The large cedar trees of Lebanon are of course the country’s best known symbol, but good foods also remain imprinted on the visitor’s memory for their flavor. Among the many delicacies to be found on Lebanese tables, kebbeh is a “must”, wherever you happen to be. The birthplace of the dish is Ehden, the famous mountainous area in the north.
Kebbeh is a mixture of meat (nearly always goat meat) ground in the mortar and fine burghol (crushed wheat), salt and pepper. The purists of Ehden add nothing else to emphasize the flavors of the tasty meat of the goats raised on the high mountainsides. In other areas, in the south or in Kesruan in the center of the country, kebbeh is flavored with marjoram, onion, or a mixture of rose and cumin spices.
To be good, kebbeh has to be made with good quality meat, which was once only available on Sundays and Thursdays. Before the advent of electricity and refrigerators, an animal was ‘sacrificed’ on Sundays and feast days, and the meat had to be eaten on the same day.
Goats survived better than other animals on the steep, rocky slopes of the mountains of Lebanon, heavily populated with oak trees. Goat meat is light, aromatic and tasty, but often lean and tough. So it was better to grind it in the mortar than to eat it in pieces or fillets.
The women ground the meat in jornn, large mortars carved out of hardstone. Before acquiring any other utensil or item of furniture, it was necessary to have a jornn, with its large wooden pestle. Walking through the streets of a little town on a Sunday you would hear the sound of pestles grinding the meat emanating from all the houses.
It is also said that after the Lebanese emigrated to Egypt towards the end of the 19th century, finding homes in the better districts of the towns on one condition only: that they would not grind kebbeh everyday and ‘pollute’ the neighborhood with the regular beat of the pestle! It is superfluous to add that the jornn was the first thing the Lebanese took with them when they emigrated. But these images are part of the past: these days the mortar has become little more than a decorative element in a corner of the home, and kebbeh is ground using electric food mixers. Make way for progress….
The meat is ground, adding a little cool water occasionally, into a smooth paste. The fresher the meat, the better the result. Then fine burghol, washed and soaked in water, is added.
Burghol is a basic ingredient of Lebanese cuisine. It is made from steamed wheat, which is left to dry and then more or less roughly crushed. There are various types: the coarser variety is cooked like rice, while the finer version is added to meat to make kebbeh or to parsley, tomatoes and other ingredients to make the well-known tabbouleh.
It should be mentioned that there are no fixed weight or volume quantities. The only criteria are dexterity, and a good eye acquired with time and experience. This is a tradition handed down from mother to daughter. In Ehden the only seasoning added is salt and pepper, but elsewhere finely chopped onion and marjoram and kamunieh, a mixture of cumin and roses, may also be used. The meat and wheat are kneaded by hand to obtain dough, which must not be too hard.
In accordance with the principle that claims that the best things are the simplest, kebbeh nayied, raw kebbeh, should be tasted with a piece of local bread, anointed with oil and flavored with a hint of fresh mint.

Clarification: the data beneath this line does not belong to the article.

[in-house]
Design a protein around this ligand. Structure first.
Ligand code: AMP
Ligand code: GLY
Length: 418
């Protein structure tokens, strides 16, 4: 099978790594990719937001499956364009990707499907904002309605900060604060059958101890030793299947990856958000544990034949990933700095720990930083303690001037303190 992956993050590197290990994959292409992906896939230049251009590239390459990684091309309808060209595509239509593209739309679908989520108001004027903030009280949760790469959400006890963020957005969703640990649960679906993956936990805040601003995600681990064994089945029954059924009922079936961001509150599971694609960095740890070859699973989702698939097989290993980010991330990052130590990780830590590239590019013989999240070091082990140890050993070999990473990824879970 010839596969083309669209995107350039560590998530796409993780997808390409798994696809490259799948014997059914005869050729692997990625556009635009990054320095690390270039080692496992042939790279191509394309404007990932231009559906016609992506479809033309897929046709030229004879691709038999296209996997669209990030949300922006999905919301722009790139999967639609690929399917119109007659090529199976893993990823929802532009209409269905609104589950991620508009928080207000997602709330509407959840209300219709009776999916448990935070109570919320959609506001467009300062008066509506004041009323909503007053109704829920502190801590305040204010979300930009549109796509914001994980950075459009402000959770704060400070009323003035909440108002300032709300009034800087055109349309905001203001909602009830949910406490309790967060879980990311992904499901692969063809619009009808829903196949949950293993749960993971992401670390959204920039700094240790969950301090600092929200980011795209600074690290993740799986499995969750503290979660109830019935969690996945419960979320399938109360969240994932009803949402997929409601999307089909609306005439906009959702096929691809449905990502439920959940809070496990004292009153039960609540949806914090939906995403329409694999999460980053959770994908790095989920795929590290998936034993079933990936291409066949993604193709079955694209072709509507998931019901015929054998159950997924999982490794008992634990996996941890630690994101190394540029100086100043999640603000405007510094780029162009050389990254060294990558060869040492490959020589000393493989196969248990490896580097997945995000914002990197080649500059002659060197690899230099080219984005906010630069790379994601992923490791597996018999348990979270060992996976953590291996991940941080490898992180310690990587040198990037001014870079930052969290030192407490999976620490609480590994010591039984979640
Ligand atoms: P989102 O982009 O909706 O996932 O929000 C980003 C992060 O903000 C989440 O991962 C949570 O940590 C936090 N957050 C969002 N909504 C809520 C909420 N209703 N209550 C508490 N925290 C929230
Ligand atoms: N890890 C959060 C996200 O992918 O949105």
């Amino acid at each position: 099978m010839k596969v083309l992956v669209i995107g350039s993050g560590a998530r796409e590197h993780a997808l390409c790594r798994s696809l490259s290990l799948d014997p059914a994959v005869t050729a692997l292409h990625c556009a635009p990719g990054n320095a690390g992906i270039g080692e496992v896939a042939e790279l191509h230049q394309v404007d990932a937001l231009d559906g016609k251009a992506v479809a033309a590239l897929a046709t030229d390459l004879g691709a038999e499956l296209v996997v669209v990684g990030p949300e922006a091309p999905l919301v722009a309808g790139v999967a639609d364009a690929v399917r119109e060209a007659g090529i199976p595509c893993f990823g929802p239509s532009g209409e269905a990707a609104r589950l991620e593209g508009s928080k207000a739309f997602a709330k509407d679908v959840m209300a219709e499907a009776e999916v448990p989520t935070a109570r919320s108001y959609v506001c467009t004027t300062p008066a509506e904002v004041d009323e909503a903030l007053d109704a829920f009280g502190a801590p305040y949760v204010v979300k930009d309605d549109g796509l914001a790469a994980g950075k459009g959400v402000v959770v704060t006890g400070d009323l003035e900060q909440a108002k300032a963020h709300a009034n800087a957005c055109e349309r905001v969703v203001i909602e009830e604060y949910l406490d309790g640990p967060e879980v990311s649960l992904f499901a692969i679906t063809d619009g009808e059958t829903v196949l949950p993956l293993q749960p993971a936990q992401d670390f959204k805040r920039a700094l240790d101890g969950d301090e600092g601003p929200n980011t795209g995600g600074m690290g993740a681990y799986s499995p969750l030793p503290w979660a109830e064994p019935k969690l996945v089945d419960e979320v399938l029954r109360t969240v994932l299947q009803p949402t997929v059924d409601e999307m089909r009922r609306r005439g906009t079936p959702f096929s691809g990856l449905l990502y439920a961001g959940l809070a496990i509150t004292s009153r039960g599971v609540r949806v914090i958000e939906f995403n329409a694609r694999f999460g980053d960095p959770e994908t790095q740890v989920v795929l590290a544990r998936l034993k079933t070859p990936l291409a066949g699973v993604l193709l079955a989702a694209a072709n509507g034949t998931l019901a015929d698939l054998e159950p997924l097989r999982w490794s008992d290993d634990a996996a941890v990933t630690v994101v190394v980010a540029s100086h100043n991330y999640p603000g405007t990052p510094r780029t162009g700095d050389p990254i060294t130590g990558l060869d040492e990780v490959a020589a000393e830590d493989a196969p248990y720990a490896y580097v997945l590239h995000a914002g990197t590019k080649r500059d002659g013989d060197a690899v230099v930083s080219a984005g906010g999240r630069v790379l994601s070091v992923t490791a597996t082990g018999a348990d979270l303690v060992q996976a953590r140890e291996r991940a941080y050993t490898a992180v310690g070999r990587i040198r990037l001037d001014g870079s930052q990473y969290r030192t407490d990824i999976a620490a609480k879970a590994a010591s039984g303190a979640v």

While in the rest of Lebanon only one or two ways of preparing kebbeh are generally known, in Ehden there are at least ten! Kebbeh zghertwiye, for example, are made exclusively in Ehden. These rough, compact balls are made by hand and stuffed with a little fat flavored with cinnamon (although there is also a non-stuffed version) and grilled on charcoal. Every woman naturally claims her version is the best. Then there is kebbeh bel sonnyieh, shaped like a cake, and baked in the oven in a plate called a sonnyieh in Arabic. The success of these dishes is in their thickness: if too thin, the kebbeh will be hard and dry; if too thick, it will be soft and undercooked. Good kebbeh must be crunchy on the surface and smooth on the inside. It must be perfectly cooked as well, and this is never done in the home but in the nearest baker’s oven. On Sundays, all the women take their sonnyieh of kebbeh to the baker who cooks them in a few minutes. This tradition survives in Ehden and Zghorta. Today the women pay in cash to cook these dishes, but once they paid in orress, balls of kebbeh that the baker then sold.
Another version of the dish is kebbeh mtabab’a, which is prepared with two layers of kebbeh: a filling of chopped onion, ground meat softened in samen (ghee) and pine nuts is spread on the bottom layer, and then covered with another layer of the mixture.
A third version is kebbeh bassal we snouba with onions and pine nuts. A layer of finely sliced onion is placed on a well-oiled sonnyieh (in this land of olives only olive oil is used), sprinkled with pine nuts and covered with a layer of kebbeh. The dish is generously dressed with olive oil and taken to the baker to be cooked. The kebbeh mixture can also be used to make balls which are cooked in a sauce based on yogurt or diluted sesame paste (tehini) or citrus fruit juice (orange, lemon, sour orange etc), especially in the coastal areas where such fruits abound.
Last but not least, there is so-called ‘lean’ kebbeh. Since they are unable to do without the stuff, the Lebanese even decided to adapt it to the Lent period, replacing the meat with boiled potatoes, cooked pumpkin, lentils or chick peas. Sometimes just enough flour is added to the burghol to make a dough. Anything goes in the name of the beloved kebbeh.
Kamal Mouzawak is a contributor to Saveurs du Liban et d’ailleurs, the Lebanon’s most important f&w monthly.